A tough year for the Oakland Athletics on the field got even more difficult Monday. Starting shortstop Cliff Pennington had to leave Monday night's game against the Mariners in the sixth inning because of facial paralysis.

The San Francisco Chronicle reports Pennington was diagnosed with a case of Bell's Palsy, normally a temporary illness, in which a nerve causes facial paralysis. The condition normally goes away in a few days.

WebMD reports the cause of Bell's palsy is not known. "Many health problems can cause weakness or paralysis of the face," the site says. "If a specific reason cannot be found for the weakness, the condition is called Bell's palsy." However, Bell's palsy is not a sign of a stroke.

Symptoms of Bell's palsy include:

• Sudden weakness or paralysis on one side of your face that causes it to droop.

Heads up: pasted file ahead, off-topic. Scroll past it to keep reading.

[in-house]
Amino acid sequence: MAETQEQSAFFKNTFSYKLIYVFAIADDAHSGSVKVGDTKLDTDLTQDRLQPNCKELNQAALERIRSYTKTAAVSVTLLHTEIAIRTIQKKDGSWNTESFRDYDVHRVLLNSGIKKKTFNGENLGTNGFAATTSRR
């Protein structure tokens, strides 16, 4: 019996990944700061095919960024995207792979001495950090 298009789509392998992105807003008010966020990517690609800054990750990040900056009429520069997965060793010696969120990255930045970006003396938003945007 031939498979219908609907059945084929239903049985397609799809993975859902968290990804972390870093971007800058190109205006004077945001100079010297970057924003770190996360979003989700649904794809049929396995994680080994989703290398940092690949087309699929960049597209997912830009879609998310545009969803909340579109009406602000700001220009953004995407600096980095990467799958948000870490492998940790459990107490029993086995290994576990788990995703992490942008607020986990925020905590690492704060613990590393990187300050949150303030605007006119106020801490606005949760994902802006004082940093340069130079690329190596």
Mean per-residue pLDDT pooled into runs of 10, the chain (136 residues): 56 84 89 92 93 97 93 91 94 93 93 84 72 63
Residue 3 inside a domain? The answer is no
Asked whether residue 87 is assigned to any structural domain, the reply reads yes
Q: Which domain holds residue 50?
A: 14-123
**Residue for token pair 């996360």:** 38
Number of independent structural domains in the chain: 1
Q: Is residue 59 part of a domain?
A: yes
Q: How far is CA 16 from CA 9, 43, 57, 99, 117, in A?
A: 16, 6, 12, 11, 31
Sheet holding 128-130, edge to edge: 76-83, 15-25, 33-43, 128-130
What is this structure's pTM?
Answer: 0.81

• Drooling.

• Eye problems, such as excessive tearing or a dry eye.

• Loss of ability to taste.

• Pain in or behind your ear.

• Numbness in the affected side of your face.

• Increased sensitivity to sound.

The Athletics doctors put Pennington on medication immediately. He compared the injury to a bad dentist visit.

"It feels like I went to the dentist and the whole left side of my face is numb," he said.

Pennington promised to return to the A's lineup as soon as he can blink again.

The shortstop is hitting .264 with 5 homers and 32 RBI's for a 49-62 Oakland team that sits 12 games behind the Texas Rangers in the American League West.

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